The Potential in a Small Smoked Chicken Wing
Walk down any residential street in Fernie in July and you’d be hard pressed not to smell the charring of meat on a grill or hear the cheers and laughter of people in their backyards. With the backdrop of the mountains, bright summer nights and generally cool evenings, what better way to enjoy these elements than with the company of friends and family?
Gatherings around food always have the potential to cultivate new opportunities whether it be new relationships, job opportunities or just great conversations. BBQ season with its relatively low impact for preparation and laidback approach to food and drink, provides the perfect environment for this. How much more laissez-faire can it get when dinner invites involve the acronym BYOB (bring your own bottle) and BYOM (bring your own meat)?
Five summers ago, I was invited to a smoked meat BBQ. I had just moved back from living in Calgary for the past 11 years, I still had a few friends from growing up here butthiswould be a great opportunity to meet new people and potentially new friends. Previous to coming home I had spent a casual year researching the fun and fine art of smoking, I say art as there is an art to understanding how too much or too little smoke can affect your final product. Too much and you are left with an overwhelming acrid taste. This is quite common for beginners and I’ve fed a lot of acrid cheddar cheese to my friends. Too little and what you have is a flat bland flavour with none of the smoky wood flavour that makes BBQ what it is. There is a sweet spot in the low and slow cooking method and a controlled amount of white smoke that renders juicy, beautiful flavours that resonate something primal in your senses.
This BBQ in particular had quite a few of Fernie’s most talented young Chefs in attendance and I decided to go with the K.I.S.S method and chose the humble and very cost-effective chicken wing. I used my Fathers spicy BBQ wing recipe and smoked them for about an hour. The result was awesome, taking something so ordinary and turning it into something that exceeded my, and others’ expectations. What blossomed from that BBQ were a few of my closest girlfriends and eventually a little start up that couldbe called Fernie Catering Co. Never underestimate the potential of an invite to a BBQ or the small things, in this case it was the potential contained in a small smoked chicken wing that did more than just taste good.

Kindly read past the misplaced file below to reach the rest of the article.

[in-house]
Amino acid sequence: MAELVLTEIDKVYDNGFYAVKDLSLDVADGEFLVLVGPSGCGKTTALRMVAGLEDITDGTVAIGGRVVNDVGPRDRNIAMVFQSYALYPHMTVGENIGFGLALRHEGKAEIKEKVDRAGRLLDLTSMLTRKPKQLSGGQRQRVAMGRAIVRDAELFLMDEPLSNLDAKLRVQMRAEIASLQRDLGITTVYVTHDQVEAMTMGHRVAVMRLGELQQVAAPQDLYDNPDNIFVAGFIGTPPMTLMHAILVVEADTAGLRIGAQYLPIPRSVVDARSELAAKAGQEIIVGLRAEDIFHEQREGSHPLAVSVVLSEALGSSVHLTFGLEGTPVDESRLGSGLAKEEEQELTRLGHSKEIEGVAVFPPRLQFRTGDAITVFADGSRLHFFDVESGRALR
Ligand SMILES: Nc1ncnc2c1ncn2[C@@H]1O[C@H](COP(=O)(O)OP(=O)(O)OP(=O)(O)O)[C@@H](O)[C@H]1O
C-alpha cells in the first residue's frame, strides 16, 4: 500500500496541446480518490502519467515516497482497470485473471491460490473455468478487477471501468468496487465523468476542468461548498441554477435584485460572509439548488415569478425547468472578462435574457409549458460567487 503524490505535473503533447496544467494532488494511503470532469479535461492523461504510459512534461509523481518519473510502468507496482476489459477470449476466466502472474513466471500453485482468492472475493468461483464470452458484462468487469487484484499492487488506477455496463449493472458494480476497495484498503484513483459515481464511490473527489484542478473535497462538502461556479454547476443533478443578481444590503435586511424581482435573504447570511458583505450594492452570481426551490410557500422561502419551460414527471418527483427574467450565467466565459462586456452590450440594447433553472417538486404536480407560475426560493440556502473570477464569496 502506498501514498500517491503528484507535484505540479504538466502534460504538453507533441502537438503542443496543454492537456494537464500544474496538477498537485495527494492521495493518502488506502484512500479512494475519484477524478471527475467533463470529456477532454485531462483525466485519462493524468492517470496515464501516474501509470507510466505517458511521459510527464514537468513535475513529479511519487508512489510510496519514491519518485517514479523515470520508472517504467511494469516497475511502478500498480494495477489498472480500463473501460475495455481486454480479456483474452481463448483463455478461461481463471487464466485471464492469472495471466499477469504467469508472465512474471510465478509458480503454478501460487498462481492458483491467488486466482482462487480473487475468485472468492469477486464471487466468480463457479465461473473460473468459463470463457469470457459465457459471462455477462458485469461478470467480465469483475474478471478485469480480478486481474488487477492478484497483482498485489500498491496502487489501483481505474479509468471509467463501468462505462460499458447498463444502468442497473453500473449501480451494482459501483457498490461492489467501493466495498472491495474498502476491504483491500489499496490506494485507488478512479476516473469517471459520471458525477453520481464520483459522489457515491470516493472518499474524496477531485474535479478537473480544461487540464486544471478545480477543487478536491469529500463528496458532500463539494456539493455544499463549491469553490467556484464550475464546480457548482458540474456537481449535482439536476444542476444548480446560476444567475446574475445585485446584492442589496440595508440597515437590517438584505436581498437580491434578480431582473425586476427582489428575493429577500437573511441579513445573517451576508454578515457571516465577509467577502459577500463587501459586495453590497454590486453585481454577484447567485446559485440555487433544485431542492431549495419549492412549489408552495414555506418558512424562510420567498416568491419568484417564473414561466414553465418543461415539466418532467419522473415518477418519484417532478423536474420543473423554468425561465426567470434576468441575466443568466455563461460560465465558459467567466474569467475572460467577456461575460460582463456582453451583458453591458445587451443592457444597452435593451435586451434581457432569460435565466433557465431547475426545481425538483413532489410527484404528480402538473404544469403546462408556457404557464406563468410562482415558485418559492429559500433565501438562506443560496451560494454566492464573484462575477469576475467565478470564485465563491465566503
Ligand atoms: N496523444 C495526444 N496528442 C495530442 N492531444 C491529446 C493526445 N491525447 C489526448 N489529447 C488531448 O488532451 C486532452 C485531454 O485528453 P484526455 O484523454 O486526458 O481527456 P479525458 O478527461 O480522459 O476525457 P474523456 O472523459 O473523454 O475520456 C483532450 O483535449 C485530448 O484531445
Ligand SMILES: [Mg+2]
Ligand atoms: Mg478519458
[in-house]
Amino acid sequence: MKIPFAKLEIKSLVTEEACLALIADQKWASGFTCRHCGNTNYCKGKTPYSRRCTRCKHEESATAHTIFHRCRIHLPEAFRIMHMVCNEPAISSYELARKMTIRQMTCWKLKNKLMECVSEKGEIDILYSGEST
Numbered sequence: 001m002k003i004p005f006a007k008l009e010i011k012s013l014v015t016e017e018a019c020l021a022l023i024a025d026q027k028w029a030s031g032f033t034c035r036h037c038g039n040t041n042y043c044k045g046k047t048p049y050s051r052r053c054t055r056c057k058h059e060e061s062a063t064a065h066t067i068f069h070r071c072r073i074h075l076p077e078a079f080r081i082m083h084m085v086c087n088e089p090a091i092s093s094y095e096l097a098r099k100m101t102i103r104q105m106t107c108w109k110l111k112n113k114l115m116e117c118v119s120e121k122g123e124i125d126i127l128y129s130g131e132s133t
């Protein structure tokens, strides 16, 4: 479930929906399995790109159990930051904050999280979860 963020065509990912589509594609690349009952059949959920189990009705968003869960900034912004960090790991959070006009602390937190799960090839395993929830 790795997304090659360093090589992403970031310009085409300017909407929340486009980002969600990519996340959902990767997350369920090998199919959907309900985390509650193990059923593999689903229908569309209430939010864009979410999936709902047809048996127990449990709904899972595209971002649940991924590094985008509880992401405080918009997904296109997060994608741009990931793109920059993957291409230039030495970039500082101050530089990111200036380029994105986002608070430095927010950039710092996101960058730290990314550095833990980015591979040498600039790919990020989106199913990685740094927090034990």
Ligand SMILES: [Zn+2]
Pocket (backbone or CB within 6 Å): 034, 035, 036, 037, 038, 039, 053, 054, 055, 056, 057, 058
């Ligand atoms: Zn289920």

WDR’S Spicy Chicken Wings
- 1 to 2lbs of chicken wings
- 3 tbs Cajun Spice
- ½ cup Louisiana Hot Sauce
- Woodchips Cherrywood
Pat chicken wings dry and toss in both hot sauce and Cajun spice, wings should be evenly coated. If the mixture seems to wet adjust with spice to dry it out.
Set wings into preheated smoker at 250F, smoke wings for 45 mins to an hour or until internal temperature reaches 165F. Eat with generous amounts of fermented mustard and refresh your palate with our Gin and Tonic with Cucumber, Watermelon Popsicles.
- 1 cup Mustard Seeds
- 1 Tbsp Turmeric
- 1 Tbsp Chili flakes
- 3 Tbsp Salt
- ¼ cup Raw Honey
- ½ cup Raw Apple Cider Vinegar
- 2 cups Raw Kambucha
Place all ingredients in a blender and pulse a few times. Place in mason jar and store in cool dark space. Stir once or twice a day for three to four days. Store in refrigerator and enjoy within six months.
Lacto-fermentation, Lactobacillus organisms convert lactose and other sugars present in food into lactic acid. This results in an acidic environment.
Gin and Tonic with Cucumber, Watermelon Popsicles
- 3 oz Fernie Distillers Gin
- 2 oz Simple syrup
- 2 oz Lime Juice
- 2 oz tonic water
- Diced Watermelon
- Diced Cucumber
- Lime Zest
Add Diced watermelon, cucumber and lime zest to a popsicle tray or six solo cup shot glasses.Combine all other ingredients, mix well and pour into popsicle trays and freeze. Use the popsicles in place of ice in your next Gin and Tonic.
by Lacey Wilson, Recipes by Barrie Elliott
Photo by Matt Kuhn Photography